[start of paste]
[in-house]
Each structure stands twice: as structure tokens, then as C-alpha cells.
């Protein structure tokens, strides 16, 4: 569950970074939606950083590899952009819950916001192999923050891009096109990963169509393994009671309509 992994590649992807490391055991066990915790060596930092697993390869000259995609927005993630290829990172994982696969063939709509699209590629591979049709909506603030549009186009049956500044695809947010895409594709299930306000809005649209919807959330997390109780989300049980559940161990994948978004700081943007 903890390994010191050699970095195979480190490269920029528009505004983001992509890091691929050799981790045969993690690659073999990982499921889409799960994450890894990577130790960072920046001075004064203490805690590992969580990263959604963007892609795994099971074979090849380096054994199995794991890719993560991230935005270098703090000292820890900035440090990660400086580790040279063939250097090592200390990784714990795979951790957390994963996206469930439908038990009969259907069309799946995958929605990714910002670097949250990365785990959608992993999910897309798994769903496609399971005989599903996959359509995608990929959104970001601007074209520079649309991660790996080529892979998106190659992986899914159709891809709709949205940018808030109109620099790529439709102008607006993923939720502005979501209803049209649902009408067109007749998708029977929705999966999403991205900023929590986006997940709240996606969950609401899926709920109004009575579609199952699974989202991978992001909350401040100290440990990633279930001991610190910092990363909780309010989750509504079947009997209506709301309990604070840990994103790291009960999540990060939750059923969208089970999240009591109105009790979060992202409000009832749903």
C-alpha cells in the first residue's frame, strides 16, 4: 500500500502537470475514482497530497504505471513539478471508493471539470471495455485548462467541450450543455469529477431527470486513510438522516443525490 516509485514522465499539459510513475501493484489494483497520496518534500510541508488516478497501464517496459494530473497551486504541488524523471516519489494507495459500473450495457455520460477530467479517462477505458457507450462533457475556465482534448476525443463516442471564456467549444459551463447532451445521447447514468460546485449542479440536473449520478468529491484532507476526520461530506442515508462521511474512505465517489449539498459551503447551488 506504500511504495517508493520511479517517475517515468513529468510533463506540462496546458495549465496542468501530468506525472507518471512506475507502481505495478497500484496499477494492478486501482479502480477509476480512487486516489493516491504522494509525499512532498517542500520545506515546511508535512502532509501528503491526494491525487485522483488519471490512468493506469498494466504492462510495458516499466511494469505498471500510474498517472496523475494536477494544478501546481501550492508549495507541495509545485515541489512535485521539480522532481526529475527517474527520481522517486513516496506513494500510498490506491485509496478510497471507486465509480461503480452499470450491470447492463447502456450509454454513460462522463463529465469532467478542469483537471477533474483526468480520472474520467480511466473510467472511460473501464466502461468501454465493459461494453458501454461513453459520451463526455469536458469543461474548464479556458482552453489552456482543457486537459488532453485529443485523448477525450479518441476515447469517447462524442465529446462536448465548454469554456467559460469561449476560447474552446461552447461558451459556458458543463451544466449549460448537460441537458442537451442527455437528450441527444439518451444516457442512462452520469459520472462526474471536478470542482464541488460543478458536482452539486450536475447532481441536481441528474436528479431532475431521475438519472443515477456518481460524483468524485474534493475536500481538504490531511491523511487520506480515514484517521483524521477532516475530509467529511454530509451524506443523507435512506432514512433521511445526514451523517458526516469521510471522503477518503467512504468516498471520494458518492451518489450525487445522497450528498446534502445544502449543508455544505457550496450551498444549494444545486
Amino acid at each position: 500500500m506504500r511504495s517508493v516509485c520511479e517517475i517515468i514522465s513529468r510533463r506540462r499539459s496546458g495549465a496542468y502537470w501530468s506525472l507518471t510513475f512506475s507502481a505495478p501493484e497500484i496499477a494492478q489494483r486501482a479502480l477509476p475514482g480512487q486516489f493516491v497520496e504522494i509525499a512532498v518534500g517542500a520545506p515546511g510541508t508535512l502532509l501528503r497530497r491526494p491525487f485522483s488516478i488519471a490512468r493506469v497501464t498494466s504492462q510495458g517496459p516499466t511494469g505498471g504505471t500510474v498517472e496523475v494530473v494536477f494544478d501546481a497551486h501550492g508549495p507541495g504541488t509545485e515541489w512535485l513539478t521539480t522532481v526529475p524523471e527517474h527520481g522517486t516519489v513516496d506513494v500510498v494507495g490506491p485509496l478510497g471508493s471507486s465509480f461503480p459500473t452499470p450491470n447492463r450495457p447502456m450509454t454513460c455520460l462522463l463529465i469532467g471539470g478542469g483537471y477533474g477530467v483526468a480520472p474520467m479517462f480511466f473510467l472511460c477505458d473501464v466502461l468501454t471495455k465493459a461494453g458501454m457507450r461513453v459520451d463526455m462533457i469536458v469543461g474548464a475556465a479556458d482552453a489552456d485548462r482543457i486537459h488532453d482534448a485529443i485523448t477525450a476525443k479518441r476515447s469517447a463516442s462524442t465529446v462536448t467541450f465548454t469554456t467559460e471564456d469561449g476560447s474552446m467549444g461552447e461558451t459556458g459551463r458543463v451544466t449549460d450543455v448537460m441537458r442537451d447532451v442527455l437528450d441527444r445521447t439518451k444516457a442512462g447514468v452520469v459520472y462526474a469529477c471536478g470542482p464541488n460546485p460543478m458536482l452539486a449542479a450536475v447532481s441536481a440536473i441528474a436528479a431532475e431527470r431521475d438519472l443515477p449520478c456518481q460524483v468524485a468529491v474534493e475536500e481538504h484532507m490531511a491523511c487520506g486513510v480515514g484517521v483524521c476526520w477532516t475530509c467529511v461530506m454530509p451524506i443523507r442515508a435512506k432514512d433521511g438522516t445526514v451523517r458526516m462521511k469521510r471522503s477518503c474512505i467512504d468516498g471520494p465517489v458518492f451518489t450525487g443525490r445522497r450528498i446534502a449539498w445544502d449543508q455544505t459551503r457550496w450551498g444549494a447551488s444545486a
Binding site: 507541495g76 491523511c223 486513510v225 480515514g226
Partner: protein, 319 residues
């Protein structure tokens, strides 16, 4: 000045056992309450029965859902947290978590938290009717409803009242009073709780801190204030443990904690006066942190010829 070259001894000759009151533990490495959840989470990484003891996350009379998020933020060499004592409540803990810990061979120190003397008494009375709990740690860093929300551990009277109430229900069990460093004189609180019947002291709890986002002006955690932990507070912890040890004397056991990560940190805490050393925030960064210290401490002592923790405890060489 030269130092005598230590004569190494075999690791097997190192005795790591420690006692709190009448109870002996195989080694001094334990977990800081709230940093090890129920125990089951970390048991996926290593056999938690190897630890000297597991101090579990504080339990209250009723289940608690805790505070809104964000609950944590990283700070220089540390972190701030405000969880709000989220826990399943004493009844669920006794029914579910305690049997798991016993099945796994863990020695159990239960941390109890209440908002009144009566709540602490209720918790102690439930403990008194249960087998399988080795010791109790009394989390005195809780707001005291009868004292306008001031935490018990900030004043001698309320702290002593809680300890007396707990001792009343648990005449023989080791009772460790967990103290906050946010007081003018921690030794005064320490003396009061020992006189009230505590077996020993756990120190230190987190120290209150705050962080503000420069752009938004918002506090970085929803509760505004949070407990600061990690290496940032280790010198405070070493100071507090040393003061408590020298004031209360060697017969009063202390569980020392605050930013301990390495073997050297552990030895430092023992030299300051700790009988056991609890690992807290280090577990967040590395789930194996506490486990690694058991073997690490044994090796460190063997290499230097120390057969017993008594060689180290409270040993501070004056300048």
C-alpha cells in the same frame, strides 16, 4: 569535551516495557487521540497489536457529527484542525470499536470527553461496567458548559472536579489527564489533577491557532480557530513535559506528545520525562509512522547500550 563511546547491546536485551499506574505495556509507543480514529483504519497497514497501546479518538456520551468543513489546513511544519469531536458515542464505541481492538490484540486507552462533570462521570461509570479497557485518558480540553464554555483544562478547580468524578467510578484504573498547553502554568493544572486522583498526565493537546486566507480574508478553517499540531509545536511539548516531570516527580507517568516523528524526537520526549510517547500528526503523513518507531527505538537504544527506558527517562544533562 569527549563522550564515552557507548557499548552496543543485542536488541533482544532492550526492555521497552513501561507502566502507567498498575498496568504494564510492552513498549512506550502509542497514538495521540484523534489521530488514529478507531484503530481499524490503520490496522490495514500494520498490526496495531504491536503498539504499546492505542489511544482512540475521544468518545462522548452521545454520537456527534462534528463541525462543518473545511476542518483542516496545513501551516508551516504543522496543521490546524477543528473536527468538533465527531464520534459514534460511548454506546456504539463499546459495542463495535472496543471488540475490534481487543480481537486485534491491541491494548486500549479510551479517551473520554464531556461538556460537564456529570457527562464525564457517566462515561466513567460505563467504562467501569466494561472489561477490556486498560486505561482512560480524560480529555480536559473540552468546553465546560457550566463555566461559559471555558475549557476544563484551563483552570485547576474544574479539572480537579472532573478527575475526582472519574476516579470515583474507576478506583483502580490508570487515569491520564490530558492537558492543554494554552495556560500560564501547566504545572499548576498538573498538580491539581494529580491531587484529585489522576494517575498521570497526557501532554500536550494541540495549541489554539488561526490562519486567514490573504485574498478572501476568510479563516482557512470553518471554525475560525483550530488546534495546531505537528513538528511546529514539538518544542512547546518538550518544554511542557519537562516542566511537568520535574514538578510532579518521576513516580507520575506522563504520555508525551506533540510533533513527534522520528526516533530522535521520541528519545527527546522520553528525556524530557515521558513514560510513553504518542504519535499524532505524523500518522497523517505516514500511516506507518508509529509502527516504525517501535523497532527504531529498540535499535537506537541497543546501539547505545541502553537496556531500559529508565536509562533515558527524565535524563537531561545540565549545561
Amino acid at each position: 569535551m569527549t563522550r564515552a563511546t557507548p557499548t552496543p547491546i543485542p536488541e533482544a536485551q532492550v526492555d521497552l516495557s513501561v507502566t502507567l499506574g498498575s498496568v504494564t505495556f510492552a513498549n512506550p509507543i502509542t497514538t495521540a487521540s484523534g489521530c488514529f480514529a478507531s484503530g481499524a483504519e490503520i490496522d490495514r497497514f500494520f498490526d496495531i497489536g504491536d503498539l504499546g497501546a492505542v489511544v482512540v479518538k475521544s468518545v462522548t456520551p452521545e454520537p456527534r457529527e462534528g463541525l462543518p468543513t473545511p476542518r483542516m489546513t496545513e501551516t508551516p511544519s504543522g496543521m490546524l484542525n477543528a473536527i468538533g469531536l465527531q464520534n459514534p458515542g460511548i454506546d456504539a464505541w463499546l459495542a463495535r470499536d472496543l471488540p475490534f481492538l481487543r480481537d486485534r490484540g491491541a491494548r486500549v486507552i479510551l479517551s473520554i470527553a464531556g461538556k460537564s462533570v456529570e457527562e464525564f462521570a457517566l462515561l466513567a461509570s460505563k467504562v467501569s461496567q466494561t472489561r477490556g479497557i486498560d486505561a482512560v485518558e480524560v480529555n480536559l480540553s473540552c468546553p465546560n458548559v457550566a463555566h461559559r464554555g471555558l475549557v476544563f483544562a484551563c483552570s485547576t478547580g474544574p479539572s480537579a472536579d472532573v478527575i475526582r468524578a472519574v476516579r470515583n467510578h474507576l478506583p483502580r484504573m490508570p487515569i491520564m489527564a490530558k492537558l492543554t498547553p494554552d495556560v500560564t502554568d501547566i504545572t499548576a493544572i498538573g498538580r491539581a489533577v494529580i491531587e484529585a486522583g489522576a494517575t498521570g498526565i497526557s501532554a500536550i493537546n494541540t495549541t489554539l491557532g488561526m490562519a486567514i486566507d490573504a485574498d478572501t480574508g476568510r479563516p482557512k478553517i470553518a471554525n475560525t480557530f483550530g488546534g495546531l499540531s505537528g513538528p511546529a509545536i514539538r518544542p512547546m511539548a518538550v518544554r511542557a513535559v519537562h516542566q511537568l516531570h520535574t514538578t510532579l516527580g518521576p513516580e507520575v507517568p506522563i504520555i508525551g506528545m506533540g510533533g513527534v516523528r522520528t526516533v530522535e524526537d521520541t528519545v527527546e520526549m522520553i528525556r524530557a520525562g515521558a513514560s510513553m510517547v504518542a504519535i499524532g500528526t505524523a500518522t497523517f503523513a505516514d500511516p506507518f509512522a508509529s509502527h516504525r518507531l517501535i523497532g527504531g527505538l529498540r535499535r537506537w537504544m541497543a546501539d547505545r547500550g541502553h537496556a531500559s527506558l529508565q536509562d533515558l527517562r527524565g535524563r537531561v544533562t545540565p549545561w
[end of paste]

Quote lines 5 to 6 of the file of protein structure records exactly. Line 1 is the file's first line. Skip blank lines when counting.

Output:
Amino acid at each position: 500500500m506504500r511504495s517508493v516509485c520511479e517517475i517515468i514522465s513529468r510533463r506540462r499539459s496546458g495549465a496542468y502537470w501530468s506525472l507518471t510513475f512506475s507502481a505495478p501493484e497500484i496499477a494492478q489494483r486501482a479502480l477509476p475514482g480512487q486516489f493516491v497520496e504522494i509525499a512532498v518534500g517542500a520545506p515546511g510541508t508535512l502532509l501528503r497530497r491526494p491525487f485522483s488516478i488519471a490512468r493506469v497501464t498494466s504492462q510495458g517496459p516499466t511494469g505498471g504505471t500510474v498517472e496523475v494530473v494536477f494544478d501546481a497551486h501550492g508549495p507541495g504541488t509545485e515541489w512535485l513539478t521539480t522532481v526529475p524523471e527517474h527520481g522517486t516519489v513516496d506513494v500510498v494507495g490506491p485509496l478510497g471508493s471507486s465509480f461503480p459500473t452499470p450491470n447492463r450495457p447502456m450509454t454513460c455520460l462522463l463529465i469532467g471539470g478542469g483537471y477533474g477530467v483526468a480520472p474520467m479517462f480511466f473510467l472511460c477505458d473501464v466502461l468501454t471495455k465493459a461494453g458501454m457507450r461513453v459520451d463526455m462533457i469536458v469543461g474548464a475556465a479556458d482552453a489552456d485548462r482543457i486537459h488532453d482534448a485529443i485523448t477525450a476525443k479518441r476515447s469517447a463516442s462524442t465529446v462536448t467541450f465548454t469554456t467559460e471564456d469561449g476560447s474552446m467549444g461552447e461558451t459556458g459551463r458543463v451544466t449549460d450543455v448537460m441537458r442537451d447532451v442527455l437528450d441527444r445521447t439518451k444516457a442512462g447514468v452520469v459520472y462526474a469529477c471536478g470542482p464541488n460546485p460543478m458536482l452539486a449542479a450536475v447532481s441536481a440536473i441528474a436528479a431532475e431527470r431521475d438519472l443515477p449520478c456518481q460524483v468524485a468529491v474534493e475536500e481538504h484532507m490531511a491523511c487520506g486513510v480515514g484517521v483524521c476526520w477532516t475530509c467529511v461530506m454530509p451524506i443523507r442515508a435512506k432514512d433521511g438522516t445526514v451523517r458526516m462521511k469521510r471522503s477518503c474512505i467512504d468516498g471520494p465517489v458518492f451518489t450525487g443525490r445522497r450528498i446534502a449539498w445544502d449543508q455544505t459551503r457550496w450551498g444549494a447551488s444545486a
Binding site: 507541495g76 491523511c223 486513510v225 480515514g226